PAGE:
When the G20 leaders meet in Pittsburgh next week, they are apparently not focusing on global health they way they should. But they are dealing with many issues that are impacted by, and which impact, global health — issues like the global economic crisis, food security and climate change. “Health security supports food security and environmental security,” writes Jeffrey L. Sturchio, the GHC CEO and president in an article in the official G20 magazine which eloquently highlights the links between global health and some of the key items on the G20 agenda.
“Whether considering cholera epidemics in Zimbabwe or Bangladesh, malaria in East Africa, the European heat wave of 2003 or the aftermath of Hurricane Katrina in New Orleans in 2005, one can see that climate change has direct, predictable and measurable impacts on health. Heat waves, floods and rising sea levels, for example, have consequences for the spread of vector-borne diseases such as malaria. Scarcity of clean water can lead to outbreaks of diarrhoeal disease and trachoma. And the vulnerability of the agricultural sector to extreme weather leads to food insecurity and malnutrition that exacerbate the problems of ill health already affecting many developing countries and small island nations.”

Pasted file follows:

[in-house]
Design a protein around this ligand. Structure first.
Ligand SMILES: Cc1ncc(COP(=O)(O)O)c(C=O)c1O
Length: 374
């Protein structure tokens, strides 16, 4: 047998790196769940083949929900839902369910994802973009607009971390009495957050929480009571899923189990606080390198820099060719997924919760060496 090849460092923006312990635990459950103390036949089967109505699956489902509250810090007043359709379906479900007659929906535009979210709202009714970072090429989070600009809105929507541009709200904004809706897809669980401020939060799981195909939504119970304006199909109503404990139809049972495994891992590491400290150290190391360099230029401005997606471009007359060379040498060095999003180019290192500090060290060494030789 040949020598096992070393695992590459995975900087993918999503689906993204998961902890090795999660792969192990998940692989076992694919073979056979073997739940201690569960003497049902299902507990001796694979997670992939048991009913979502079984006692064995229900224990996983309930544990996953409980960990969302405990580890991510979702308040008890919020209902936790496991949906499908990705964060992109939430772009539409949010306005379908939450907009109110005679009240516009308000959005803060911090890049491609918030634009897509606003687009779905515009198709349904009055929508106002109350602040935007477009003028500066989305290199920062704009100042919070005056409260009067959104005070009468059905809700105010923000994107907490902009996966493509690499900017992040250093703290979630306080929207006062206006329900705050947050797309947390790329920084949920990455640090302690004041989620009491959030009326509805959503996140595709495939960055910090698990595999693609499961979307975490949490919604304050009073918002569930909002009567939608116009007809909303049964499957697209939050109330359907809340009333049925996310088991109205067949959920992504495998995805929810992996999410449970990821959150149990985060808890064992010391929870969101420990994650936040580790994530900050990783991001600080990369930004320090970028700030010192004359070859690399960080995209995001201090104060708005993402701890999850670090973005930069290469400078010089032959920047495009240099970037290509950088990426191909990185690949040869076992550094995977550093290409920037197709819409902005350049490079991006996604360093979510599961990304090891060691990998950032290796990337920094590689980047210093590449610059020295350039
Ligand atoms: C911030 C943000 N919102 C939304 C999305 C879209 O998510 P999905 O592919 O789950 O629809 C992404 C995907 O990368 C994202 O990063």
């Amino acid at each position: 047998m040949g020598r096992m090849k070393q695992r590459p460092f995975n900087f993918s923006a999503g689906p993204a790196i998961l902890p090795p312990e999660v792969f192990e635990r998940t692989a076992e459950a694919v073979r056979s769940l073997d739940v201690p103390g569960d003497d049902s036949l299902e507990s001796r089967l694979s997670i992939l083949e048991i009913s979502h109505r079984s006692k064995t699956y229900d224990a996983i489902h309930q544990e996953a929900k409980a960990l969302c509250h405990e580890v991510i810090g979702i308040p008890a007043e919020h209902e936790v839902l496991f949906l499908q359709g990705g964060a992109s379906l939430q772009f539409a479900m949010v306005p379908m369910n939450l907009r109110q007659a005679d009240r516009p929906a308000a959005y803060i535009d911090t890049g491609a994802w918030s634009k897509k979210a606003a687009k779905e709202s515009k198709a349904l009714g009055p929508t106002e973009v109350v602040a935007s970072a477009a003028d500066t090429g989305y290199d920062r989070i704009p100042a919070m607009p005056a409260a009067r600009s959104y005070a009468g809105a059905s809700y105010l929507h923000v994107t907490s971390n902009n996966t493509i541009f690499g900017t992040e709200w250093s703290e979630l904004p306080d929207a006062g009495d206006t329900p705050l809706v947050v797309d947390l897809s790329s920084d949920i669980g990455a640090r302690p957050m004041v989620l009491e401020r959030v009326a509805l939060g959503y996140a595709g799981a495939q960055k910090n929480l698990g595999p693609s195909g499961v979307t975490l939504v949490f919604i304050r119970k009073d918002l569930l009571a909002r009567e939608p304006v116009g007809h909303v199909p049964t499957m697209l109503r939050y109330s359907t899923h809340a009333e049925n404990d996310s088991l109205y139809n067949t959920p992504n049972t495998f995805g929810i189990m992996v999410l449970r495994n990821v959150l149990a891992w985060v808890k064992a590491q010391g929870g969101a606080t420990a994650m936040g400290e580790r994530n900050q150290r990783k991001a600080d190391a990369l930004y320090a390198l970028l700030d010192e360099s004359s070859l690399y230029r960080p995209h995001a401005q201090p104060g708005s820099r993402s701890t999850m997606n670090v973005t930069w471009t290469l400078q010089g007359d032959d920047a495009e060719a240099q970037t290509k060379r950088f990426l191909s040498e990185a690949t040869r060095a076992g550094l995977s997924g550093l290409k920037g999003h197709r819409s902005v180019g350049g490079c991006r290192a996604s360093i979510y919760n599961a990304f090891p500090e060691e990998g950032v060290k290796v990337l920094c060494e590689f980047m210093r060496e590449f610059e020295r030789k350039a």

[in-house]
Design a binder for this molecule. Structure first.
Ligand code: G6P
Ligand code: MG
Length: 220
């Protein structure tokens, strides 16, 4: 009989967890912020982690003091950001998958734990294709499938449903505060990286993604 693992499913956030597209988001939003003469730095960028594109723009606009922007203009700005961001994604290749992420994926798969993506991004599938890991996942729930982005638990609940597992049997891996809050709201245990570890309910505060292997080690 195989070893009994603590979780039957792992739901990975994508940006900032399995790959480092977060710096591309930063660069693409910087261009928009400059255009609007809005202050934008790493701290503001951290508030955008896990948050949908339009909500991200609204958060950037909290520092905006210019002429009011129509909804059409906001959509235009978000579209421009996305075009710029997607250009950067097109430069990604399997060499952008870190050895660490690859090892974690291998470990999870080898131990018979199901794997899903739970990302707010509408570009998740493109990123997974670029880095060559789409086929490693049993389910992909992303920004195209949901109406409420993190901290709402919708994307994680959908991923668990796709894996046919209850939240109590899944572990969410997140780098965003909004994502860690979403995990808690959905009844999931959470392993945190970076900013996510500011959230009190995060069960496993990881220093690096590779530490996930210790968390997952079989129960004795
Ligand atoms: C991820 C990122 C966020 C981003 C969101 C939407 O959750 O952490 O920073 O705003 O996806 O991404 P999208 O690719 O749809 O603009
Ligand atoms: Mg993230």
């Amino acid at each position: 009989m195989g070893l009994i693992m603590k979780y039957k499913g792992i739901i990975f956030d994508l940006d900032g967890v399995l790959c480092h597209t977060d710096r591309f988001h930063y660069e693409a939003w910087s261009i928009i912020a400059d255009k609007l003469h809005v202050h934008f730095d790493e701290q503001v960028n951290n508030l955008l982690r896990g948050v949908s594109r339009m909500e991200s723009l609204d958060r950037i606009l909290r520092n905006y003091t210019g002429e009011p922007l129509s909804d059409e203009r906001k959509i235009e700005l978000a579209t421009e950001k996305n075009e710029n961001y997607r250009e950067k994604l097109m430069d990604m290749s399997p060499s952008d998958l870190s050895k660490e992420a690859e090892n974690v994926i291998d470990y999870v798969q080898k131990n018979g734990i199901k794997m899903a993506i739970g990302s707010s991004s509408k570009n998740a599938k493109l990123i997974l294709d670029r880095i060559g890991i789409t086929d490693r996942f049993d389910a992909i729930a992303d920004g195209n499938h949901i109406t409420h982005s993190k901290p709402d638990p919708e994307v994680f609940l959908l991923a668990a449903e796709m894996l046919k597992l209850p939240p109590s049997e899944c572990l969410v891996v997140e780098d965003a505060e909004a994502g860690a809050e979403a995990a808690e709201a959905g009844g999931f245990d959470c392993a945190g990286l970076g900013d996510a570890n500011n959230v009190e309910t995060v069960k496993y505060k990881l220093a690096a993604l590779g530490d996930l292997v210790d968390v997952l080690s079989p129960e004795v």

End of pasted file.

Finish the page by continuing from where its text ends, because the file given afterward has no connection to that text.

Global health has solutions available to address man of these aspects of climate change and food insecurity. For example, the Global Alliance for Improved Nutrition has developed a program of food fortification through micronutrients that is reaching millions of the poor, with important consequences for their health and their ability to work and be economically productive.
Read Dr. Sturchio’s article: http://www.globalhealth.org/images/pdf/sturchio_g20_article.pdf